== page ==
More details emerge on animal cruelty case
Details on an animal cruelty case against Lauren Fisher continue to emerge from court hearings and police reports.
The 65-year-old Marion woman was arrested on Dec. 11 on two counts of animal cruelty, interfering with a police officer and resisting arrest.
Dozens of animals were located inside of her home and on the property, including multiple miniature horses, potbelly pigs, ducks, rabbits, turkeys, hens, chickens, dogs, cats and exotic birds. There were a number of dead birds on the property, but none were inside the house.
Fisher pled “not guilty” at an arraignment at Wareham District Court on Dec. 12. She plans to have a lawyer represent her, but that lawyer was not there.
The Marion resident is on probation, is not allowed to have any animals during the proceedings, and must allow probation officers to check in with her periodically. Her bail was set at $500. If she is arrested again, she will be held without bail.
Her pre-trial hearing is set for Jan. 24.
Police reports revealed that some of the animals would have to be quarantined after they were removed from the property.
Officer Sean Day, who wrote the report, described numerous animals wandering in the yard, a birdcage in the house that “did not appear to have been cleaned for quite some time,” and dogs kept three or more to a cage. He also noted that there was animal feces on the floors and on a bed.
In a Dec. 12 press conference police mentioned that at least one of the people who lived in the house was a child, although they would not reveal how many children were involved or their ages. The report showed that police officers came to that conclusion based on the setup of one of the rooms. No children were present during the investigation.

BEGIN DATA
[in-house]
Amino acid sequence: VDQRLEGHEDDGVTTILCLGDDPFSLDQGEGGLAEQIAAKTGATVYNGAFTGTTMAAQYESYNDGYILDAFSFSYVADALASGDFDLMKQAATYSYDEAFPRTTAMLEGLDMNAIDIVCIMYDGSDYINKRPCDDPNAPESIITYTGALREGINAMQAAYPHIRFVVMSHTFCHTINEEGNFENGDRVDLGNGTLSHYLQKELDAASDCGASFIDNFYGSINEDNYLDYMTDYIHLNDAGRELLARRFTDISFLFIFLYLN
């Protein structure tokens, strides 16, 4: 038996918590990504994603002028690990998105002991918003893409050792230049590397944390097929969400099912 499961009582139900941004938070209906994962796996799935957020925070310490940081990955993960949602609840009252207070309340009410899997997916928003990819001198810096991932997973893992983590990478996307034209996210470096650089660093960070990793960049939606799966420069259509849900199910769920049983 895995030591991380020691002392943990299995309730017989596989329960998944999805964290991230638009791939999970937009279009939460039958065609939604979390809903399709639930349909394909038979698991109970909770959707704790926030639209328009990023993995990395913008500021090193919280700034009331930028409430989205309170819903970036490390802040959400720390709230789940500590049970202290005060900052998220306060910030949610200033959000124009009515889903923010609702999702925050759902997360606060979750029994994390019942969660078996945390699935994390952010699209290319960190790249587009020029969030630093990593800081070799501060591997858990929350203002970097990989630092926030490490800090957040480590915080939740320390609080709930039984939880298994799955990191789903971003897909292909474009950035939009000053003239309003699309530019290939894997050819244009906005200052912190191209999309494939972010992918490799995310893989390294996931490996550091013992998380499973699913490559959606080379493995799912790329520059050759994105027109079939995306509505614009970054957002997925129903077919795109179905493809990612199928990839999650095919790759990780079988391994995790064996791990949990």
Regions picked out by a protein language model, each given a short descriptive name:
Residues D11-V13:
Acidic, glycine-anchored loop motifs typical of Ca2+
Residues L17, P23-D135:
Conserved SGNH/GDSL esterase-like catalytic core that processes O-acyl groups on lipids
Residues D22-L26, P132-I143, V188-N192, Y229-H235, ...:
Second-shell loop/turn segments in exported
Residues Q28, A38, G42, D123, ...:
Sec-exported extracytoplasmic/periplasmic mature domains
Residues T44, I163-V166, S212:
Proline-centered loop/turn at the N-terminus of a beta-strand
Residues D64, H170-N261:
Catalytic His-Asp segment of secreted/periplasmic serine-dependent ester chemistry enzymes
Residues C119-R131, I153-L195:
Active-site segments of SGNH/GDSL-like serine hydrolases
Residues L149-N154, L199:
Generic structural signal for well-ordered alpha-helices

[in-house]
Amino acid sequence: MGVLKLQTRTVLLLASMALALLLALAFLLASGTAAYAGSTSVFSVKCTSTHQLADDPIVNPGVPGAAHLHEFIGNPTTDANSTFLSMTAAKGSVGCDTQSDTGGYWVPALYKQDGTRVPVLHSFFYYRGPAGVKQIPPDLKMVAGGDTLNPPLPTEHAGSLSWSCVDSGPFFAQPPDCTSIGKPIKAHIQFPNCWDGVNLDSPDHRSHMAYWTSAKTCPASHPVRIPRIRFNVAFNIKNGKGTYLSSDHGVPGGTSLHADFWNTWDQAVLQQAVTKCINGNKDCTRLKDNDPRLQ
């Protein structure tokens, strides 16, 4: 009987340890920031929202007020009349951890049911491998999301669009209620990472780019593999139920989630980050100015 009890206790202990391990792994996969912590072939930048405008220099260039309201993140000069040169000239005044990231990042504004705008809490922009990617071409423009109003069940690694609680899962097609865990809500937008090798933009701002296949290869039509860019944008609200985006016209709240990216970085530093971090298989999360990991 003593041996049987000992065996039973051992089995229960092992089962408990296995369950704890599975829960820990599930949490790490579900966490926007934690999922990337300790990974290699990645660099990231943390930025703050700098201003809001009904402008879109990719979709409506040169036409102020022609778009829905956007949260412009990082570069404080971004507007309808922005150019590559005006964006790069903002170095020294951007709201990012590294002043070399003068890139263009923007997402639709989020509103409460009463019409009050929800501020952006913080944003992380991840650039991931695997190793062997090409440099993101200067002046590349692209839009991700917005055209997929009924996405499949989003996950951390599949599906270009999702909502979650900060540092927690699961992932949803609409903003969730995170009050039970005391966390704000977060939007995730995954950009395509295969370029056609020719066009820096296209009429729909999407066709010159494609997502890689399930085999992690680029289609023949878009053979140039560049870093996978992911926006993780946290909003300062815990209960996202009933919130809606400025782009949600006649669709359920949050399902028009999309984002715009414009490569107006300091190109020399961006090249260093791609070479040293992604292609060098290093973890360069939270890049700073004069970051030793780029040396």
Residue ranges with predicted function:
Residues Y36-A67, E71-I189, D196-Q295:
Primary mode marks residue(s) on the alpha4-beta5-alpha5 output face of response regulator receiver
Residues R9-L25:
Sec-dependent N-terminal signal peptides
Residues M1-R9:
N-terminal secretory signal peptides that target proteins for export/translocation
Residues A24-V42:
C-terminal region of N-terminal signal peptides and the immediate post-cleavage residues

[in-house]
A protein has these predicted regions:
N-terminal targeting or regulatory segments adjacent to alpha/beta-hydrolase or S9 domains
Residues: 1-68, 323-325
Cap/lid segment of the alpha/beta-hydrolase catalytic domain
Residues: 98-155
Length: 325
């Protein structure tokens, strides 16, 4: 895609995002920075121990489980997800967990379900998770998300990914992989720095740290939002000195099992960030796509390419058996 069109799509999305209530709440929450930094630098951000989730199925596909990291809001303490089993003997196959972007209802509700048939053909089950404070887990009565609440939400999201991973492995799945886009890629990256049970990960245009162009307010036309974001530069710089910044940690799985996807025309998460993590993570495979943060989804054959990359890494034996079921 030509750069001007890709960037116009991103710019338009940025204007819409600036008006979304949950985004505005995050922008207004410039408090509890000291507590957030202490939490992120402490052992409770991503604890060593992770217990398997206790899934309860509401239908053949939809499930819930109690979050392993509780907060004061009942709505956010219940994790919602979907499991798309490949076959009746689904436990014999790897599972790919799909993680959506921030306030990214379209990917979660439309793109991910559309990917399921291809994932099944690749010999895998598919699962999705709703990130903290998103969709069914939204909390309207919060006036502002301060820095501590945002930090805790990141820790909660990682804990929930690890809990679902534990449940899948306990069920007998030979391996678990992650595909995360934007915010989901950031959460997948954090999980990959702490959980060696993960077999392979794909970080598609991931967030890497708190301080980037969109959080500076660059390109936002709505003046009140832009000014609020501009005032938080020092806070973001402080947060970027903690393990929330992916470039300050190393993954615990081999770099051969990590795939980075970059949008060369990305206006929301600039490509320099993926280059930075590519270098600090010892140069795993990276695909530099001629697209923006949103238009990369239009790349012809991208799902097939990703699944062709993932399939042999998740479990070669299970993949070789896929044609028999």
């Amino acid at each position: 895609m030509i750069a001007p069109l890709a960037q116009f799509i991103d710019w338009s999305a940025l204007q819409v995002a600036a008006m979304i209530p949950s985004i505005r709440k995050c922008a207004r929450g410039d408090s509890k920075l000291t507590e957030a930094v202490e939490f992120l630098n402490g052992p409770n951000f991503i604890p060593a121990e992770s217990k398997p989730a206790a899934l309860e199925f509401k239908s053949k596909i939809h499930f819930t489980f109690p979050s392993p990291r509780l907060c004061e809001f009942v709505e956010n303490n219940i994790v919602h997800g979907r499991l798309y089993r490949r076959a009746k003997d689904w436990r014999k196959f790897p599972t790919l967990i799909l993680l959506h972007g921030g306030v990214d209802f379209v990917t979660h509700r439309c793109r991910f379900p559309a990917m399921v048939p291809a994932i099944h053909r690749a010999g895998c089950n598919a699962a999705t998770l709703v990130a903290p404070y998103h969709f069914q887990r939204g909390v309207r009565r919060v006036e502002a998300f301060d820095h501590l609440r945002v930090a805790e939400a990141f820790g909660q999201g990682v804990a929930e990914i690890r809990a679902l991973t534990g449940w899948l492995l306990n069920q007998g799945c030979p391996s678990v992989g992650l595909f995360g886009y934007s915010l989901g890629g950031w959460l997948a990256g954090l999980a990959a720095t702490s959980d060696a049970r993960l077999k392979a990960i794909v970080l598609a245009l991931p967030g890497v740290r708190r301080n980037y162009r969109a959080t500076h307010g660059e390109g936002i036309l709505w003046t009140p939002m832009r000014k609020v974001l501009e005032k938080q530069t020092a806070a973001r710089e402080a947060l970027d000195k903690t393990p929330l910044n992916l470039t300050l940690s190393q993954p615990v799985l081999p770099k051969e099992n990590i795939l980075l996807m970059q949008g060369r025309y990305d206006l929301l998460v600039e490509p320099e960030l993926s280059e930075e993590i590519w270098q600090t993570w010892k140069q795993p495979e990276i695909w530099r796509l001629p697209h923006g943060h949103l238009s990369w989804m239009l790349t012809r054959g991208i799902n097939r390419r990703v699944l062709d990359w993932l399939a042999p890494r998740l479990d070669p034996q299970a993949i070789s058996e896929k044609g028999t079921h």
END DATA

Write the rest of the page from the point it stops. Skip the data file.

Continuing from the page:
Lieutenant Alan Borgal with the Animal Rescue League of Boston was also on the visit, and said that on a previous visit he had advised Fisher to take two dogs to a vet immediately because their fur was extremely matted. On the Dec. 11 visit, it appeared that Fisher had not done so, as Borgal and Day observed two poodle-like dogs, one that “was supposed to be white in color but currently appeared black and white from dirt and matted fur,” according to the report.
Officers posted signs at the house forbidding anyone from living at the house. As they conducted an inspection of the animals and property, Fisher reportedly repeatedly demanded to know whether she would get her animals back. Officer Day responded that he did not know.
Fisher became confrontational, and attempted to rip down the signs that officers had posted and deny them entry.
When Day said that she was under arrest, she insisted she was not, ripped her arm away, and tried to leave the room. She also deliberately made it hard for Day to place handcuffs on her by keeping her arms tensed.
The Board of Health voted to condemn Fisher’s house at an emergency meeting on Dec. 12.